The Global Economic Crime Survey has been conducted every two years since 1999. It is one of the largest and most comprehensive surveys of its kind. It provides valuable insight and practical ideas on how organisations can continue their efforts to combat fraud and other economic crimes.
Economic crime remains a persistent threat to organisations in Australia, with an increasing focus on the digital and cyber landscapes. The digital environment has resulted in the evolution of economic crime, but the types of economic crime most commonly experienced by Australian organisations remains consistent with previous years: asset misappropriation, bribery and corruption, procurement fraud, cybercrime and accounting fraud. The landscape has changed but the threat remains. Organisations in Australia need to adjust by moving away from traditionally reactive detection methods to more sophisticated, proactive and embedded preventative and detective tools and techniques, such as we are seeing globally.
Resilience, while a fashionable buzzword, needs to become a part of the operational model for Australian organisations. Our consistently higher than the global average rate of incidence and cost of losses from economic crime reflects our reliance on doing what we have always done and a lack of increased investment in people, systems and tools.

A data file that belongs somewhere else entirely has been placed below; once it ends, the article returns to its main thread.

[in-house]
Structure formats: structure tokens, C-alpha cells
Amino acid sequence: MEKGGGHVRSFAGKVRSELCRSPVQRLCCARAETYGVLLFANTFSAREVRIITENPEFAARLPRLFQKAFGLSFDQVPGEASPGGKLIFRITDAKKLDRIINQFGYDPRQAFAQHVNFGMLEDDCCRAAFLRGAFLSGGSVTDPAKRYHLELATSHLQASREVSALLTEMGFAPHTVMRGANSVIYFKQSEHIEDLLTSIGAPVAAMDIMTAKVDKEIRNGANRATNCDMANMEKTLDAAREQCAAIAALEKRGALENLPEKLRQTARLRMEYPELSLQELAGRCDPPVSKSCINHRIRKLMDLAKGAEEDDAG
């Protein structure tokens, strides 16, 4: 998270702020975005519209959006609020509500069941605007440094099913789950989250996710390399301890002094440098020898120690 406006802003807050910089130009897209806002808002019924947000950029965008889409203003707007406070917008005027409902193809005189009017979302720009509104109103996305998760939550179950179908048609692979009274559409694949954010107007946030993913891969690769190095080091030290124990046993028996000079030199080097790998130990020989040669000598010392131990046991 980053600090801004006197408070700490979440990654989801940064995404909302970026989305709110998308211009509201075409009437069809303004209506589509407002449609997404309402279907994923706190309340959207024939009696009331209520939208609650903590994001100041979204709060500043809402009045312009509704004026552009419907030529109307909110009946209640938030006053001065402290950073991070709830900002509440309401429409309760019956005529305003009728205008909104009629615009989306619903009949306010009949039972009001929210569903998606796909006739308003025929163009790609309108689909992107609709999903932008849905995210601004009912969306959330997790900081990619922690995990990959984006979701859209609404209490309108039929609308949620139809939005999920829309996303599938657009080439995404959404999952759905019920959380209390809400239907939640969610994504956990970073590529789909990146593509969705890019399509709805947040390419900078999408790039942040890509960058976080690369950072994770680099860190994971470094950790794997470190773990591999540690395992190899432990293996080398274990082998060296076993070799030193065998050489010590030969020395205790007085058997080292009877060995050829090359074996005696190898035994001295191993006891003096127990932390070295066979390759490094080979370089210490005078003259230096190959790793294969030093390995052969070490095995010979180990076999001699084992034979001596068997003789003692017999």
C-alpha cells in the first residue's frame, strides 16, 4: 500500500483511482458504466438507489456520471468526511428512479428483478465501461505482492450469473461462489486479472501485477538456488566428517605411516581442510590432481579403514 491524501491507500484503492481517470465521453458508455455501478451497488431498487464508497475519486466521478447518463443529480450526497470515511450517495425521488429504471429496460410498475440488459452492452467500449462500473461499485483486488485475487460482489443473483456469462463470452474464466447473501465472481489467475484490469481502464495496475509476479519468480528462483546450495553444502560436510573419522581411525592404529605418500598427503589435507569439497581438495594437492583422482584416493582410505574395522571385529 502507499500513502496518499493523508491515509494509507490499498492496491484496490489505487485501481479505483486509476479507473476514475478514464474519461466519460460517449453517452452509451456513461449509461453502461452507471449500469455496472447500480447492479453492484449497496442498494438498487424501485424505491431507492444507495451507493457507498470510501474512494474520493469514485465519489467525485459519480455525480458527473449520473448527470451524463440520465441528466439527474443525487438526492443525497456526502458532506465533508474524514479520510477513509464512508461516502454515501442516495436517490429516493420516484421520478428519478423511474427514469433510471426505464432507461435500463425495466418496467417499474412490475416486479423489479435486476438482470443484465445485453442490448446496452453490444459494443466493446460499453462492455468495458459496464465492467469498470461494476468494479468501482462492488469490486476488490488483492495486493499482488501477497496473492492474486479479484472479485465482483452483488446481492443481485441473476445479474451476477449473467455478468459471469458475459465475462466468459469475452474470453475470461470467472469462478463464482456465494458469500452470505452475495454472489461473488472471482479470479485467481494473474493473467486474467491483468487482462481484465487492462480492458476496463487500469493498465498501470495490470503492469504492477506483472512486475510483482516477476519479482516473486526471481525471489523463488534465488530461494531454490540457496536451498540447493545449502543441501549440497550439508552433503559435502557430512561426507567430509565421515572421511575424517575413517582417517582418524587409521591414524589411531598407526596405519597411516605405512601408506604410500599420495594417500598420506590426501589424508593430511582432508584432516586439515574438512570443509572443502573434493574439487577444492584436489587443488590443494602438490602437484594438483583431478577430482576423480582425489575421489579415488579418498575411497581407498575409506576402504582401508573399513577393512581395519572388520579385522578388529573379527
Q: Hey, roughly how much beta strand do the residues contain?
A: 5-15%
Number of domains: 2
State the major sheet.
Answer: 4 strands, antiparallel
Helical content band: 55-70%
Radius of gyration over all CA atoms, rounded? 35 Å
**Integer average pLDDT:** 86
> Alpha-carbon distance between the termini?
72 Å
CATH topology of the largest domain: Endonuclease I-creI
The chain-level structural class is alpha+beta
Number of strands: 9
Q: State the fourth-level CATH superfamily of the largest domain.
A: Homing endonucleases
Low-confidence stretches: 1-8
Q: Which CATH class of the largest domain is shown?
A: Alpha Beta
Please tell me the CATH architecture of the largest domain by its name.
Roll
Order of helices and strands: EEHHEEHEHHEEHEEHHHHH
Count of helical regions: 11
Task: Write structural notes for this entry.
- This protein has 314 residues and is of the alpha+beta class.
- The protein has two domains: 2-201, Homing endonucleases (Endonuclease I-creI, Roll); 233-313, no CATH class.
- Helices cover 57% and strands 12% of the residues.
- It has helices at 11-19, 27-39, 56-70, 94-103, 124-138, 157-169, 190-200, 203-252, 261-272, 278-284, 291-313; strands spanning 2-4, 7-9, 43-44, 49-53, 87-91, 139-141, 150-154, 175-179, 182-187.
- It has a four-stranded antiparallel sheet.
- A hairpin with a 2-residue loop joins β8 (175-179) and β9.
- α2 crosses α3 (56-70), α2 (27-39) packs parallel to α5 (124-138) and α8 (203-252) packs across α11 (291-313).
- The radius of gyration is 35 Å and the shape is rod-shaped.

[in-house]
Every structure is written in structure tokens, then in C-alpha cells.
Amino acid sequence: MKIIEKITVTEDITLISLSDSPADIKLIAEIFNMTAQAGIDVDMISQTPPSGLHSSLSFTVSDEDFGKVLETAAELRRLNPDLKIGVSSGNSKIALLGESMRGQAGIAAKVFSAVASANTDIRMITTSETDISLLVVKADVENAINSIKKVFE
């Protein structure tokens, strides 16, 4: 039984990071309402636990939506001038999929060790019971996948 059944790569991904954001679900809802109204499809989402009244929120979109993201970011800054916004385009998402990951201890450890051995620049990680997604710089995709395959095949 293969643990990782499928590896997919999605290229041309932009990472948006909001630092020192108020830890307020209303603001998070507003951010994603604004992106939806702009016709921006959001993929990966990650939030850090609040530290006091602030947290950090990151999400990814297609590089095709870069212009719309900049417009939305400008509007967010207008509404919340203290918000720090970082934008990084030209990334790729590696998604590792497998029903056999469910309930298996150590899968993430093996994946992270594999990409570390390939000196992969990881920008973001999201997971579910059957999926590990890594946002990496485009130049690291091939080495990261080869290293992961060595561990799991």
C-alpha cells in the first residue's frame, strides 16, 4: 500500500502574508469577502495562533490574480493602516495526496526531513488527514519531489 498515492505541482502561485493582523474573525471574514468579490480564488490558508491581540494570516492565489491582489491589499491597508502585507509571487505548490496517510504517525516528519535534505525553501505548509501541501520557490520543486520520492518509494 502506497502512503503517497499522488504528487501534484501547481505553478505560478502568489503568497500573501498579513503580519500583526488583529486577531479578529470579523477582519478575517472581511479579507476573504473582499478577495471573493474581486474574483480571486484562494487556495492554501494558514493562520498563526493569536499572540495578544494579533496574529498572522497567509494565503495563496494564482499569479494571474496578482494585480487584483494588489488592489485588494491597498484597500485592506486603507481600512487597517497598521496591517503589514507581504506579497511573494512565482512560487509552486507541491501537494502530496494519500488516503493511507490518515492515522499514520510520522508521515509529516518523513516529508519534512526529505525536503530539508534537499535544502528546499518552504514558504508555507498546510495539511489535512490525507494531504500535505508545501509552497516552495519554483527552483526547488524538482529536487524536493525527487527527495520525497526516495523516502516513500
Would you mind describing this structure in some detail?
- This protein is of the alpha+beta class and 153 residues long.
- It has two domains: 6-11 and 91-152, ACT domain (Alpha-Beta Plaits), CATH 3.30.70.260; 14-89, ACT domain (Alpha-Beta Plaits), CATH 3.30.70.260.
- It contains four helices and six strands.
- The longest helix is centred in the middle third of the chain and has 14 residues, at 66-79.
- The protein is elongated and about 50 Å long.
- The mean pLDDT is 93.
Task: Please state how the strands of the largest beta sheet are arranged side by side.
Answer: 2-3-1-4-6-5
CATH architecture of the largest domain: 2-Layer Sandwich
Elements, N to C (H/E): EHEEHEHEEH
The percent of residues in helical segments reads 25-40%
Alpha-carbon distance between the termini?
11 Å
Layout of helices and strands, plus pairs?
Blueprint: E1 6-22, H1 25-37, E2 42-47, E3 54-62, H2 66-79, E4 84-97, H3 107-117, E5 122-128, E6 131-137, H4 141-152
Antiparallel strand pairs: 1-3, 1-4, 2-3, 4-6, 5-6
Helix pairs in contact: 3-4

Although a slight reduction since the last survey (57%), more than half (52%) of Australian respondents have experienced economic crime in the last 24 months. This is significantly higher than the global rate (36%).
Australian respondents have experienced cybercrime in the last 24 months at a much higher rate than the rest of the globe, overtaking asset misappropriation as the top economic crime experienced by organisations for the first time.
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Economic crime is ever-evolving, and becoming a more complex issue for organisations and economies. The regulatory landscape, is also changing, bringing with it numerous challenges to doing business. With local law enforcement not necessarily perceived as able to make a material difference, the onus is squarely on the shoulders of the business community to protect itself, and its stakeholders, from economic crime. As we discuss in the three upcoming sections – dedicated to the strategically crucial areas of cybercrime, ethics and compliance programmes and anti-money laundering – our survey numbers can help uncover not only potentially troublesome red flags and trends. They can also serve as vitally important indicators of areas of opportunity for forward-thinking organisations to meet the challenges of a whole new world. To be forewarned is to be forearmed for success.